The Armageddon Codes


It is one of the most evocative words in the language. Armageddon has been used as the title of a hit movie, the name of a rock group, an on-line game company, a dark internet comics page and a key word on hundreds of religious web pages. And that’s only scratching the surface.

In fact, the word Armageddon has been used so much that nine out of 10 people aren’t sure of its original meaning, although they may have some sense of its cataclysmic inference. The word comes from the New Testament book of Revelation, and is the name of a huge battle that takes place in the last days of the world. It is, in fact, the battle to end all battles, and which many believe will be interrupted by the return of Christ to the earth.

Armageddon is described like this in the book of Revelation, chapter 16:

    The sixth angel poured out his bowl on the great river Euphrates, and its water was dried up to prepare the way for the kings from the East. Then I saw three evil spirits that looked like frogs; they came out of the mouth of the dragon, out of the mouth of the beast and out of the mouth of the false prophet. They are spirits of demons performing miraculous signs, and they go out to the kings of the whole world, to gather them for the battle on the great day of God Almighty.

    “Behold, I come like a thief! Blessed is he who stays awake and keeps his clothes with him, so that he may not go naked and be shamefully exposed.” (The words of Jesus Christ.)

    Then they gathered the kings together to the place that in Hebrew is called Armageddon.
    The seventh angel poured out his bowl into the air, and out of the temple came a loud voice from the throne, saying, “It is done!” Then there came flashes of lightning, rumblings, peals of thunder and a severe earthquake. No earthquake like it has ever occurred since man has been on earth, so tremendous was the quake. The great city split into three parts, and the cities of the nations collapsed. God remembered Babylon the Great and gave her the cup filled with the wine of the fury of his wrath. Every island fled away and the mountains could not be found. From the sky huge hailstones of about a hundred pounds each fell upon men. And they cursed God on account of the plague of hail, because the plague was so terrible.
Armageddon is the English version of the Hebrew name for the location of the battle, apparently in the northern Israel valley just east of the ruins of the city of Megiddo, which sits on a hill called Mount Megiddo, or in the Hebrew . . .

. . . or, Har Megiddo. Archaeologists trace the city’s history back to 7,000 B.C., and as it sits on the most important caravan route in the Middle East, it has seen more battles than any other single place on earth. And so it is mentioned in the discovered written documents of every great power in the ancient Near East.

Today Megiddo is one of the most significant archeological digs in Israel. Standing among the ruins, you can look down on the farms of the Valley of Jezreel and across to the west bank town of Nazareth several miles away on a hillside to the east. Most Bible scholars believe the Battle of Armageddon will take place in this valley, where Revelation 14:20 records John’s vision of the battle: “blood flowed out of the press, rising as high as the horses’ bridles for a distance of 180 miles.”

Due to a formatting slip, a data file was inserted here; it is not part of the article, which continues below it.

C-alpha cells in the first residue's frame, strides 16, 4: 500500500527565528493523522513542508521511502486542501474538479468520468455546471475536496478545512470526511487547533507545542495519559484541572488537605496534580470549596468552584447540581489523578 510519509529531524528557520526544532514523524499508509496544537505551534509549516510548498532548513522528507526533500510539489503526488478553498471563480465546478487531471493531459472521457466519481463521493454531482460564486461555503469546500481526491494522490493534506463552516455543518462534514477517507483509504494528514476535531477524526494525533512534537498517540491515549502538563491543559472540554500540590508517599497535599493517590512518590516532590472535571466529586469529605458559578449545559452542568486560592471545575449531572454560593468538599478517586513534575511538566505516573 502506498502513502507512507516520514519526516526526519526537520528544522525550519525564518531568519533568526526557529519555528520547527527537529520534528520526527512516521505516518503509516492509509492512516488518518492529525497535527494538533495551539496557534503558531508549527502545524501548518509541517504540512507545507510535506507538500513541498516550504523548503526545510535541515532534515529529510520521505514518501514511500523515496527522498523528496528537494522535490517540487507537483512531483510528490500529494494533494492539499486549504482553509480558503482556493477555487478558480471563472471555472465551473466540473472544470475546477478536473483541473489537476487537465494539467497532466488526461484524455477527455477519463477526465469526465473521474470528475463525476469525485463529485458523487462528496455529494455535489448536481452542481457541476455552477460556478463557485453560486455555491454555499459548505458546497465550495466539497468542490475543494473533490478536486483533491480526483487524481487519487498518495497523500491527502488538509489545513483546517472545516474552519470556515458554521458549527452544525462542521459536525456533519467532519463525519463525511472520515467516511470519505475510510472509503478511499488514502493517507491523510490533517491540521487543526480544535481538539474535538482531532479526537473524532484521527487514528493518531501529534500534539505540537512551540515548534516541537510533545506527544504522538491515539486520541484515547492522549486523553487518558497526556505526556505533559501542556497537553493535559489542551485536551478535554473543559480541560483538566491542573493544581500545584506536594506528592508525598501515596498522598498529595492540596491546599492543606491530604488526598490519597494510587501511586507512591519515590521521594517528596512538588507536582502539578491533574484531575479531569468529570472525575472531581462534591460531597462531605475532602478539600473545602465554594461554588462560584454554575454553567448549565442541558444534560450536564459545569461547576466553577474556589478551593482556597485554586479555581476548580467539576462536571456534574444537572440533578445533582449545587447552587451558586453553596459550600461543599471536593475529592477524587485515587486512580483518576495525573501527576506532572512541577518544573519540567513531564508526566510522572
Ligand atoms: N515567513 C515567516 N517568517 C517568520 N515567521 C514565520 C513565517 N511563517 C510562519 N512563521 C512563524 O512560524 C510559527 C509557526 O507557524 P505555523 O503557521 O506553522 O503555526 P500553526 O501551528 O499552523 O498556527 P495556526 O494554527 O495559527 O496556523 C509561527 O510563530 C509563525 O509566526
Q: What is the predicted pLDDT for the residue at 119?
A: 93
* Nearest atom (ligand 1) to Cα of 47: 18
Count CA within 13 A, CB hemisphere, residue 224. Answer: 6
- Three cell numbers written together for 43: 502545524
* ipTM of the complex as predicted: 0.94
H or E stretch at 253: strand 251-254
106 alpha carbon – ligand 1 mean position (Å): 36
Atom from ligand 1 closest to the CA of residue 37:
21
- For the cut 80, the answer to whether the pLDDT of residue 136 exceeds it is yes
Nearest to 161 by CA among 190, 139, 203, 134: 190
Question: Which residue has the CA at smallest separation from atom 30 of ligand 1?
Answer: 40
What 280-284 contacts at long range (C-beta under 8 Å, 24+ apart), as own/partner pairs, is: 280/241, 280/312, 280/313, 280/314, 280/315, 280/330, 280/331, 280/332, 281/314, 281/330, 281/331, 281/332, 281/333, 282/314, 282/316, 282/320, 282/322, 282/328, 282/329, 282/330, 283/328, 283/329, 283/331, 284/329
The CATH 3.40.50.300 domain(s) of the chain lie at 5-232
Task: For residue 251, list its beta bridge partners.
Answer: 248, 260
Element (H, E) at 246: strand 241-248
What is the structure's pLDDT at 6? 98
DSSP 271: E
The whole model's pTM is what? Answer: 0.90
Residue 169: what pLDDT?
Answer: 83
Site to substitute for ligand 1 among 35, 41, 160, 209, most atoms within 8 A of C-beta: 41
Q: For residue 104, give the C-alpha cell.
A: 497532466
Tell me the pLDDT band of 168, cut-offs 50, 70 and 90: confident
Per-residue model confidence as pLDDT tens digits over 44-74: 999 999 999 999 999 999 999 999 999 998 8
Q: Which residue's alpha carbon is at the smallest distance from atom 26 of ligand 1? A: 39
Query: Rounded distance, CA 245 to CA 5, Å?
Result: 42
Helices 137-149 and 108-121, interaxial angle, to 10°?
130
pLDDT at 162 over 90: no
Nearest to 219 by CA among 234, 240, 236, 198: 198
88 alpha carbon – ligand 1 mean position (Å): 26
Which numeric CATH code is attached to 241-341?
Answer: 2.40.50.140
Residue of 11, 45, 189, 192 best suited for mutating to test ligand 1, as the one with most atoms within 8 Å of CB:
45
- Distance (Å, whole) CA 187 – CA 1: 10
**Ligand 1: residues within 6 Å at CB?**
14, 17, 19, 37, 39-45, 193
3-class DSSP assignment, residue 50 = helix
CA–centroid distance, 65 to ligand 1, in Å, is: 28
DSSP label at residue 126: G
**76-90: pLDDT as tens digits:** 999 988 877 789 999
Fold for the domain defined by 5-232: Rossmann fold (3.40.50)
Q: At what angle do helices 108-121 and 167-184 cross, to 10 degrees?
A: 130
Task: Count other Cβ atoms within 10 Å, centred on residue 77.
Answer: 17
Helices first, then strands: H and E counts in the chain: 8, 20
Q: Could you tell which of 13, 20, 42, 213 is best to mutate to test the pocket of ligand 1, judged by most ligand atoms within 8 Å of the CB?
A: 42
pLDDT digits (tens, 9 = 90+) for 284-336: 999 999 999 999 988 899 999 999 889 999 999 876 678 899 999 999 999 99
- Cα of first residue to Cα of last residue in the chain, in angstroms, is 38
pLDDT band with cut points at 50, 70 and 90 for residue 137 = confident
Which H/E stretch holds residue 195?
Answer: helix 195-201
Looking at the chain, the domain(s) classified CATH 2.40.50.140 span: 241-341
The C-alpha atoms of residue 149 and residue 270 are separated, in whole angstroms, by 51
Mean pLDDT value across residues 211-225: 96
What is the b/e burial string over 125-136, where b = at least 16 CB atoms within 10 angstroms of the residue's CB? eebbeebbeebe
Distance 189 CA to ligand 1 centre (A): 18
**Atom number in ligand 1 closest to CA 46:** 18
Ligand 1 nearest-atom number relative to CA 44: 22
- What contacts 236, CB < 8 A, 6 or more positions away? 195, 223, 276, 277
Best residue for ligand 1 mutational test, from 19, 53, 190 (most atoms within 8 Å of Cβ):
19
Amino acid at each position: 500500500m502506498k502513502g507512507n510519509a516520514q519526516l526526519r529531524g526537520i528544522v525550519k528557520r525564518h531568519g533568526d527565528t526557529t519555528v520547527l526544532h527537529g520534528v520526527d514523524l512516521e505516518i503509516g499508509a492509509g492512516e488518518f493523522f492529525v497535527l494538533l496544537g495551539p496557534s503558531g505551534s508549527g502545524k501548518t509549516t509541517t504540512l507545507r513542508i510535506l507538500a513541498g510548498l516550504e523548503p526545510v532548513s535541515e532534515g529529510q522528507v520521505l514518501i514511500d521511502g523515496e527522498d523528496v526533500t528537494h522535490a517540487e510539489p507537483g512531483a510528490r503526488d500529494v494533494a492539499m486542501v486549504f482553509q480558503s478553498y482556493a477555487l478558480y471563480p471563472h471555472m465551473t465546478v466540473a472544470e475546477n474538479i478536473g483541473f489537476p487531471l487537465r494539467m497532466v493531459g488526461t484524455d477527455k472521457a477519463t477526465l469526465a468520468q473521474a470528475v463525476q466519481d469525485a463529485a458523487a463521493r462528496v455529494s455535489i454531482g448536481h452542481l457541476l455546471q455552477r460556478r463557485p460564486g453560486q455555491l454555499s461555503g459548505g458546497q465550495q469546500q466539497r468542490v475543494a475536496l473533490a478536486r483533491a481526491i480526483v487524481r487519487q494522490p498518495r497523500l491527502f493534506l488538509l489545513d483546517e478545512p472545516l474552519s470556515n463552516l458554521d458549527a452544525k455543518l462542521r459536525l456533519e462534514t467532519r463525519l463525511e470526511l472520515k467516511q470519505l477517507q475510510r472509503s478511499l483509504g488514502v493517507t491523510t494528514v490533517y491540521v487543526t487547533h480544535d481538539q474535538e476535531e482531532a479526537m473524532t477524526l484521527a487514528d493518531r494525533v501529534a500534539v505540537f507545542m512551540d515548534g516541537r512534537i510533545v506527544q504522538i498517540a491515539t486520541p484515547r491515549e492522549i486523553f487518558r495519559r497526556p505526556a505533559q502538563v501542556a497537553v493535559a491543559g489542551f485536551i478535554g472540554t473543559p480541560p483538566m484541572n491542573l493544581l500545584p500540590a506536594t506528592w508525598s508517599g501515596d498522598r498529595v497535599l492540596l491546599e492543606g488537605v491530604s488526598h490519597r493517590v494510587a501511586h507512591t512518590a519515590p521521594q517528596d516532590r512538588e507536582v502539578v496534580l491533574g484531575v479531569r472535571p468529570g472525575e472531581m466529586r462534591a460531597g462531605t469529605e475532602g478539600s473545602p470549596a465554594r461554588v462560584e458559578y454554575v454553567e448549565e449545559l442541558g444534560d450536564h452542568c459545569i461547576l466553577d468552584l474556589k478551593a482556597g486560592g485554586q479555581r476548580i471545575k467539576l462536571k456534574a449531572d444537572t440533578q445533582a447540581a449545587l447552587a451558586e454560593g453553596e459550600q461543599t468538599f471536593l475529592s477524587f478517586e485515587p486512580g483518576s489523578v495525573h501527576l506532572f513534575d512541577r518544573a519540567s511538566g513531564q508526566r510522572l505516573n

As interesting newer clusters began to grow out of the terrorism clusters we discovered following September 11, especially those covered in the May issue, we began to think about other “last days” terms that we might search for. Armageddon was a natural choice, and a search for it in the 1-10,000 skip range turned up 226 ELSs in the Tanakh. Thirteen of them were in clusters we had already identified as connected to events in the Middle East.



Extending the ELSs

Of the 13 we chose to try to extend, or to see if there were words of interest on either side of the basic code, it turned out that five, or 38% of those attempted, became longer ELSs -- the shortest with 16 letters and the longest with 36. After running them with Bible Codes 2000 to verify all of the letters, it was fascinating to note that four of the five appear in two clusters. Two of these, including the longest one, connect to clusters whose major themes are Jesus Christ -- the Isaiah 53 cluster concerning the last days and resurrection of Christ, and the Proverbs 15 cluster about the birth of the Savior.

We also searched for the term in the 10,001-20,000 skip range with less significant results. Of a total of 246 Armageddon codes in this range, we have so far attempted to extend 14, with five ELSs resulting, a 36% success rate. However, the longest ELS of this group was only 20 letters long, with one at 16 letters, another at 15 letters and two at 14 letters.

Nevertheless, Armageddon has turned out, so far, to be a fairly productive term, and we wanted to tell our readers about the results as soon as possible. We are looking forward to exploring more finds in the coming days.

It is intriguing that the longest Armageddon ELS that we have located to date -- He Waited. He will Emit My Very Light Thunder, Proudly from Armageddon in Them. And They will Crush the Echo -- reflects the Revelation 16 passage and its mention of thunder. Another fascinating ELS is God will Provide My Bread at the Utmost Height of Armageddon, which could be speaking about the return of Jesus Christ, who called Himself the Bread of Life (“Then Jesus declared, ‘I am the bread of life. He who comes to me will never go hungry, and he who believes in me will never be thirsty.’” -- John 6:35 NIV).

Here are all of the Armageddon ELSs we have discovered so far:

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